The rapidly increasing enrollment in kinesiology programs recognizes the important role of our academic discipline in promoting future professionals within the physical activity, fitness, wellness, education, sport, and allied health domains. Unprecedented growth in student interest in kinesiology offers faculty and administrators in higher education both exciting opportunities and difficult challenges. One significant concern facing kinesiology faculty is maintaining high-quality instruction within growing class sizes. Incorporating service-learning components within kinesiology curricula provides numerous benefits to students, faculty, institutions of higher education, and members of our local and global communities. In addition, service-learning has the potential to initiate innovative and entrepreneurial learning experiences and funding opportunities for students and faculty.
Josh Trout and Eddie Vela
In 2009, California State University-Chico implemented a unique system of course redesign with the aim of improving student learning, increasing instructional efficiency, and reducing university costs. Inspired by and modeled after the National Center for Academic Transformation, the “Academy e-Learning” program involves a 3-week training covering models of course design, learning theories, assessment methods, and a host of instructional technologies. This paper summarizes data from 40 courses, across five separate cohort groups from 2009–2013, with respect to the efficacy of Academy e-Learning (re)design training. Data show improvements in student learning outcomes in over half of the course redesigns. Benefits of course redesign included increased instructional efficiency, enhanced student learning, and a reduction in university costs by offering some instruction online and increasing enrollment caps. Barriers to a successful course redesign included lack of time, technology malfunction, and workload concerns. This paper outlines the redesign process at California State University-Chico, discusses similar redesign initiatives at other institutions, and offers solutions for measuring effectiveness of a redesigned course.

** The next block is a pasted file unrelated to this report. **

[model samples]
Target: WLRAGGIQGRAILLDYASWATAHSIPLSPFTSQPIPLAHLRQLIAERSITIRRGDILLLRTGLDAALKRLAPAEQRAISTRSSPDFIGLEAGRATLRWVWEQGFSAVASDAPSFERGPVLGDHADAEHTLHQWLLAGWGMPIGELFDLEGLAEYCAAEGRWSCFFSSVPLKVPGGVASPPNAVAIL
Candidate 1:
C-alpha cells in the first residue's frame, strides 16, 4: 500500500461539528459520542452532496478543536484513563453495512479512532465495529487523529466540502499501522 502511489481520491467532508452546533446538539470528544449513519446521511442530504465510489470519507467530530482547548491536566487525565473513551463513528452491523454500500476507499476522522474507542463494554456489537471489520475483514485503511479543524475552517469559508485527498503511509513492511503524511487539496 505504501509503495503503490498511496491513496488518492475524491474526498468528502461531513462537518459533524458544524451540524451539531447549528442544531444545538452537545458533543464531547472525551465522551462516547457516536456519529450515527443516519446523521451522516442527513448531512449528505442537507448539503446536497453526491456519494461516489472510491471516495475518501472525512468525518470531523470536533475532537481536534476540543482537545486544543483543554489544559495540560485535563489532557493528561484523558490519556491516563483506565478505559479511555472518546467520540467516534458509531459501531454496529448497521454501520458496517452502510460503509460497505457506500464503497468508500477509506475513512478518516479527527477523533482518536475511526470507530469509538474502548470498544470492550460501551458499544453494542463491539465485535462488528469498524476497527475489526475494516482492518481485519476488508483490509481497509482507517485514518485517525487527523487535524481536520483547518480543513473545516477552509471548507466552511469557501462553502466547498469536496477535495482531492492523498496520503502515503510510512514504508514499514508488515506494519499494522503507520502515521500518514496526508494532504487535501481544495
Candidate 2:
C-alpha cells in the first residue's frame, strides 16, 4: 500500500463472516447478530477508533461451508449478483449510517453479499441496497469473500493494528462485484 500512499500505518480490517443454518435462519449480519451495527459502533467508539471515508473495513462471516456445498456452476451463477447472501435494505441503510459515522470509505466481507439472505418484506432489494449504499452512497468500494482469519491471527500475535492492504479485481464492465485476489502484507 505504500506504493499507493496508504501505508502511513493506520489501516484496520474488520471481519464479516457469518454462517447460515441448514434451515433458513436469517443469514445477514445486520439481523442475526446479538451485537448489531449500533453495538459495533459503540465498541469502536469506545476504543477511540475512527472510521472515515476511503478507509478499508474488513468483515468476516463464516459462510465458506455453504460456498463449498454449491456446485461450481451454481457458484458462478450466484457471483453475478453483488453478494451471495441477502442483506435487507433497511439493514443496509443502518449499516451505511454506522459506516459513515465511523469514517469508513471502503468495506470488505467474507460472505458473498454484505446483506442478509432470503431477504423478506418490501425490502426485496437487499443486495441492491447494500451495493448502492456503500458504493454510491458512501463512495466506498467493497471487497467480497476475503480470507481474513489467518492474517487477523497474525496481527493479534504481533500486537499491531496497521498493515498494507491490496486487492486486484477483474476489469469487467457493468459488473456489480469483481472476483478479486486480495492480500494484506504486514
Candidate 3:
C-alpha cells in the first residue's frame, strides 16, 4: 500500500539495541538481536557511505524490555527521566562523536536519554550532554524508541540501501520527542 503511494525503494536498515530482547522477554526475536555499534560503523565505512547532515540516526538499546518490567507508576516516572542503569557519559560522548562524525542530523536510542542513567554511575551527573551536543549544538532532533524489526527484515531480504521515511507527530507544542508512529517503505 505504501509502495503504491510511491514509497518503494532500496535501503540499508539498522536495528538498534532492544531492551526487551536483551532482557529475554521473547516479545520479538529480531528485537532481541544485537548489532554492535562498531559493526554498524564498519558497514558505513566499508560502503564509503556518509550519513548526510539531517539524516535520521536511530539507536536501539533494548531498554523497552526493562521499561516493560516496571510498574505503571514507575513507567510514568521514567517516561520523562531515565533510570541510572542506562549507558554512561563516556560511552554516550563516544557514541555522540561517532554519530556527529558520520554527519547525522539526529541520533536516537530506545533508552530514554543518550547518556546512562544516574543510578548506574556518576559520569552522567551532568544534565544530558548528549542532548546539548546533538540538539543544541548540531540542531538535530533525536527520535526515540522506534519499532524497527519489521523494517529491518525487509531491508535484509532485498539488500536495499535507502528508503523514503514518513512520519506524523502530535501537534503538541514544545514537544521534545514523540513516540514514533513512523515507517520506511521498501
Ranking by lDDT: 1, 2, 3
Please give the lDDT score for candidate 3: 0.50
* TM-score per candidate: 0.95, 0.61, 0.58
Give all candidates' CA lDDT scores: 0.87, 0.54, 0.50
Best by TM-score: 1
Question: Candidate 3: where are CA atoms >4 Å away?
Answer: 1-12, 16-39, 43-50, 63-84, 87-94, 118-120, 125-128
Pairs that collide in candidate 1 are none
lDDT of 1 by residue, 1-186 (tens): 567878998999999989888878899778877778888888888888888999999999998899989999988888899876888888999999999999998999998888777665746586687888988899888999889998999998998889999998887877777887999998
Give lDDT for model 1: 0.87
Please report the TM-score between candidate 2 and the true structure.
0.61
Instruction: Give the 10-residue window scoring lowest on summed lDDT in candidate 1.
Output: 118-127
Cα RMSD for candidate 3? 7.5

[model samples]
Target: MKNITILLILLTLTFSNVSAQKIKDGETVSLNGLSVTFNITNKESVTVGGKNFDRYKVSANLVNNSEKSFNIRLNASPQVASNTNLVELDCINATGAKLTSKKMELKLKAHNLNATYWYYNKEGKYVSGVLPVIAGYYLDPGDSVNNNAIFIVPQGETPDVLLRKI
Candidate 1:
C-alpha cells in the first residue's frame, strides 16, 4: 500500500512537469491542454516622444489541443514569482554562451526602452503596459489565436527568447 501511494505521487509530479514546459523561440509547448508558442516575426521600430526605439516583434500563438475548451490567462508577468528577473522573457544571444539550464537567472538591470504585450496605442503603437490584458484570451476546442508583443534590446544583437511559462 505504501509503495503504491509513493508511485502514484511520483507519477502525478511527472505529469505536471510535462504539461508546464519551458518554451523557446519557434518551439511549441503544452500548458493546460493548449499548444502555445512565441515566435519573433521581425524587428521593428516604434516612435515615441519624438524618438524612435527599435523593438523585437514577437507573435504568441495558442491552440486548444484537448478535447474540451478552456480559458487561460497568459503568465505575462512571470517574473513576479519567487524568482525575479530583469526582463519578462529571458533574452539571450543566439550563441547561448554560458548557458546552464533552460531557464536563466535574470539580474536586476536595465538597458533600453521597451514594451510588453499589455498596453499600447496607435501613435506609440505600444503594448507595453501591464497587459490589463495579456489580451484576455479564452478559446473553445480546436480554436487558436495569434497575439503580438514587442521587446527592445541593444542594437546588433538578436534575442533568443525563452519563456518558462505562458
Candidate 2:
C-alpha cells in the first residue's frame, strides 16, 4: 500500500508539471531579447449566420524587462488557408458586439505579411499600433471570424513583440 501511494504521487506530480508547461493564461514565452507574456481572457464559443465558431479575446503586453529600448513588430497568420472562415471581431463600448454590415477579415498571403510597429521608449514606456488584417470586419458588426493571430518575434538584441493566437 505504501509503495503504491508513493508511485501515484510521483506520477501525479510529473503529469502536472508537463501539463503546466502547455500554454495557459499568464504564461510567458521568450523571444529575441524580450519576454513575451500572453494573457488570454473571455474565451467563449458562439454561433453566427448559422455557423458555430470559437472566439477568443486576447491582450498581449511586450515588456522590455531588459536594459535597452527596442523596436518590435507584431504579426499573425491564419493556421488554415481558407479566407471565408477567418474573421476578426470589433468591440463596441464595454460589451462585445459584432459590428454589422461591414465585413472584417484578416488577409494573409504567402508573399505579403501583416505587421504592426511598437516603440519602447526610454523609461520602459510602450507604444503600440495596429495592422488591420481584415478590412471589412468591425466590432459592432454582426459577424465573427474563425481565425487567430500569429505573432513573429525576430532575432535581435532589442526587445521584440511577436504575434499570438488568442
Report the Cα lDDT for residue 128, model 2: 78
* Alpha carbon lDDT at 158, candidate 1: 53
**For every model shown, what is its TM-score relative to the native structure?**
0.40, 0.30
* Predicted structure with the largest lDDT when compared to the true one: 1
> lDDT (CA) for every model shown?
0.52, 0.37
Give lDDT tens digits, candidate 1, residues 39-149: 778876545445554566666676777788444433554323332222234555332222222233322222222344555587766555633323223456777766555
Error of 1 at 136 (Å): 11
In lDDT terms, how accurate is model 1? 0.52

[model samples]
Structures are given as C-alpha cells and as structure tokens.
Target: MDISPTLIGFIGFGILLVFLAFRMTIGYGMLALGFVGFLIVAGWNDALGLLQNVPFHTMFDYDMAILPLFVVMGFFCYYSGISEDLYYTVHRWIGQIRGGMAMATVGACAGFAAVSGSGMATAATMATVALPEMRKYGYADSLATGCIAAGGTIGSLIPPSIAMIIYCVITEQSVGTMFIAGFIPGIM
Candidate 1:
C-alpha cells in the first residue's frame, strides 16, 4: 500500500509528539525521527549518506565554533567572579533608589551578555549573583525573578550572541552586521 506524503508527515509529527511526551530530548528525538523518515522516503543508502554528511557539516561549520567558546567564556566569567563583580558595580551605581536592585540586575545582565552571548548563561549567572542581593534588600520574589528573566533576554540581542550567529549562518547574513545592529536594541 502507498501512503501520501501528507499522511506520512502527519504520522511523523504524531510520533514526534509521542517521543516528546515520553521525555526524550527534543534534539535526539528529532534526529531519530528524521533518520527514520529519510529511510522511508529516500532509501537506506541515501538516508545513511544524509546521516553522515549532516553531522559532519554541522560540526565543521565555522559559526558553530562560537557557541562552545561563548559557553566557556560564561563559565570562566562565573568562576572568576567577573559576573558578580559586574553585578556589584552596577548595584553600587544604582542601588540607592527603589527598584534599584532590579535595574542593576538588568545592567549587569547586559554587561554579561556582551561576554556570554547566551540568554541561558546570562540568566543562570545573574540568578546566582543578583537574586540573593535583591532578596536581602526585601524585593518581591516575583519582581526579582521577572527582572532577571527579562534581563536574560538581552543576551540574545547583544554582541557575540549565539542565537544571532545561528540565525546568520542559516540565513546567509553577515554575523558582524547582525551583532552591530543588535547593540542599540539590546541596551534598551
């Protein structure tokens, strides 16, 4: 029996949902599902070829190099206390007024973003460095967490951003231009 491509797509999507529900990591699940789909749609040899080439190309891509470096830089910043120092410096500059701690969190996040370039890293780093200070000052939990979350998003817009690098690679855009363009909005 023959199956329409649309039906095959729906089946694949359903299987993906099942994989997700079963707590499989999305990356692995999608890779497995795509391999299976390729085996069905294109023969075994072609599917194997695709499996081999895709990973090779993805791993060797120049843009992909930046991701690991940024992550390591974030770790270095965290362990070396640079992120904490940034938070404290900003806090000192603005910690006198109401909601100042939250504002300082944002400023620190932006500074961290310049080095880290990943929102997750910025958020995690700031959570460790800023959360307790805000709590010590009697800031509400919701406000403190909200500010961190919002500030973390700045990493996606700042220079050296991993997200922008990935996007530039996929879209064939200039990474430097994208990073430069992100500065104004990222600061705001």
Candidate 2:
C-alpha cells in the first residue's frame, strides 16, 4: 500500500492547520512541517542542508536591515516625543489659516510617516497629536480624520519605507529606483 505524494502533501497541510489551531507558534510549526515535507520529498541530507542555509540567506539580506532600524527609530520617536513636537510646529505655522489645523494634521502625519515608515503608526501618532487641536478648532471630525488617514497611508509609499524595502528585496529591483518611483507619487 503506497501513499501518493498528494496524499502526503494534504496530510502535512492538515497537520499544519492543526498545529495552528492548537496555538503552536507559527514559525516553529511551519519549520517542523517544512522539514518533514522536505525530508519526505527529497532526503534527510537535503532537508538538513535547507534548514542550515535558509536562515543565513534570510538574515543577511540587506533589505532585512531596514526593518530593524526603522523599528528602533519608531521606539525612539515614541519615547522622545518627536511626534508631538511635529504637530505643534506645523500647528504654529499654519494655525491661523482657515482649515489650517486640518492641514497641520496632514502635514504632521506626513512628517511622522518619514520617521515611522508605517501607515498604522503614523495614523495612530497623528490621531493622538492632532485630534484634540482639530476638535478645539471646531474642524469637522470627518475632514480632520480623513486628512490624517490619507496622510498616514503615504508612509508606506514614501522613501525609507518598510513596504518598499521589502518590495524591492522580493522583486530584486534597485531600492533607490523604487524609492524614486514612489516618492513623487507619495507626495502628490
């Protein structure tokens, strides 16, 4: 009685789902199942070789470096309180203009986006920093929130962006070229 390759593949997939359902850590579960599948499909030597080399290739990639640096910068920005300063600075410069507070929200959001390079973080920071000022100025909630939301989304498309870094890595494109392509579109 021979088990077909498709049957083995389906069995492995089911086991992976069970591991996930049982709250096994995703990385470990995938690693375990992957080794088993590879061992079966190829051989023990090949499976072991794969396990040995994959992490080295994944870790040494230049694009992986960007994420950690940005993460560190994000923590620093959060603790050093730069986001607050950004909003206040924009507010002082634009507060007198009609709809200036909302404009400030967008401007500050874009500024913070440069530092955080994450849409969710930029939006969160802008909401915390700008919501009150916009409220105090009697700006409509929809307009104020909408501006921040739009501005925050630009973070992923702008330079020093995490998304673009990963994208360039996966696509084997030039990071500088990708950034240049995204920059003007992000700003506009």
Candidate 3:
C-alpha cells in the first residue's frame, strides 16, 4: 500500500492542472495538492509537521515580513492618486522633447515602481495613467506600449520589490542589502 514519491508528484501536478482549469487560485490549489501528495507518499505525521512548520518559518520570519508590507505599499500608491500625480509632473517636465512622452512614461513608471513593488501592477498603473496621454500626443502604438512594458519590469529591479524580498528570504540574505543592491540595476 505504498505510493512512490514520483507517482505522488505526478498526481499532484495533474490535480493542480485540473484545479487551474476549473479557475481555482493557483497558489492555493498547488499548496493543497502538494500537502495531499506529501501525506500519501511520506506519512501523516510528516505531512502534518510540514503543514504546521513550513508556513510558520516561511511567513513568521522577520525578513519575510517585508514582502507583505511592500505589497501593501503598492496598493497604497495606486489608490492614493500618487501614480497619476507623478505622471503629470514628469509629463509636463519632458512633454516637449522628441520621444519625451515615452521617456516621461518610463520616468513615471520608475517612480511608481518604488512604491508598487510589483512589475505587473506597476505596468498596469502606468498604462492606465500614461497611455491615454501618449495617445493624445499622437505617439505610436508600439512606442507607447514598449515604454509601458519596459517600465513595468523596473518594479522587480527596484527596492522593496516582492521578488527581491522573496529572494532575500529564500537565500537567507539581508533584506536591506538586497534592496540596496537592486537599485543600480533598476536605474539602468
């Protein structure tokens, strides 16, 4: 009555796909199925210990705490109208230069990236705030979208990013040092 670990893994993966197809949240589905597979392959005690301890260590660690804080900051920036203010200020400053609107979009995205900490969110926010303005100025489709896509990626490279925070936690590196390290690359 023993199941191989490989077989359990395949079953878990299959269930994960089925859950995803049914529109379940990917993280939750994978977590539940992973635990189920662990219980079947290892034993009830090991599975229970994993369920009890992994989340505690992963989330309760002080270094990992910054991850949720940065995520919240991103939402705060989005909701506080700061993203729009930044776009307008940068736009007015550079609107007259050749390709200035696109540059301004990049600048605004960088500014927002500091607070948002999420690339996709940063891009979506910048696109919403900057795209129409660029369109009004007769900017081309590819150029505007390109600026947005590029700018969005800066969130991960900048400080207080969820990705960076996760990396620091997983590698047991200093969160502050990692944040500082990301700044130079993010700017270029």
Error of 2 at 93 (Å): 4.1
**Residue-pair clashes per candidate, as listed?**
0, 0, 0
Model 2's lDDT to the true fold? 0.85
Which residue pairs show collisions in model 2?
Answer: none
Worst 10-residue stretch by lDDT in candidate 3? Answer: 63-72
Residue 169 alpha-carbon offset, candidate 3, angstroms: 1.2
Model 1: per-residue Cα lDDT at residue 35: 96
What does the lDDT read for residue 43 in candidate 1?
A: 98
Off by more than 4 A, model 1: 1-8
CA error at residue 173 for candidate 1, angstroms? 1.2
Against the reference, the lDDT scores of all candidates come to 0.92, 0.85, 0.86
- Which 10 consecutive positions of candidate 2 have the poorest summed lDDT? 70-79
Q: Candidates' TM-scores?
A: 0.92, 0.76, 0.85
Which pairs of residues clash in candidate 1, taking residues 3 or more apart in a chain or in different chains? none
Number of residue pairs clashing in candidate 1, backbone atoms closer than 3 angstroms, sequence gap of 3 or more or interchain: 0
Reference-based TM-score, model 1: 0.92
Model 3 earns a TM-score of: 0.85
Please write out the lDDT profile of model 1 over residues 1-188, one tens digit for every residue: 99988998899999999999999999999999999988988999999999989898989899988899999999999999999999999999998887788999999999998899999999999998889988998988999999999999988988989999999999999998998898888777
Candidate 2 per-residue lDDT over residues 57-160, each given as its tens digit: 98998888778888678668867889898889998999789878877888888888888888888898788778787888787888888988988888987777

David Bellar, Todd A. Gilson, and James C. Hannon
Higher education is in a period of flux. For many public institutions, state support has decreased over the past decade, resulting in the notion of doing more with less. Using an inverted triangle approach, this article examines how both institutions and departments are coping with their present reality using innovative and entrepreneurial ideas. First, the story of how public institutions in the state of Illinois are responding to decreased state appropriations and declining K–12 enrollments is discussed. Second, a rich example of how one institution completed the strategic planning process—from conceptualization to implementation—is shared. Finally, one department’s multifaceted plan to handle declining state support is shared.
Lisa Hicks and Dan Schmidt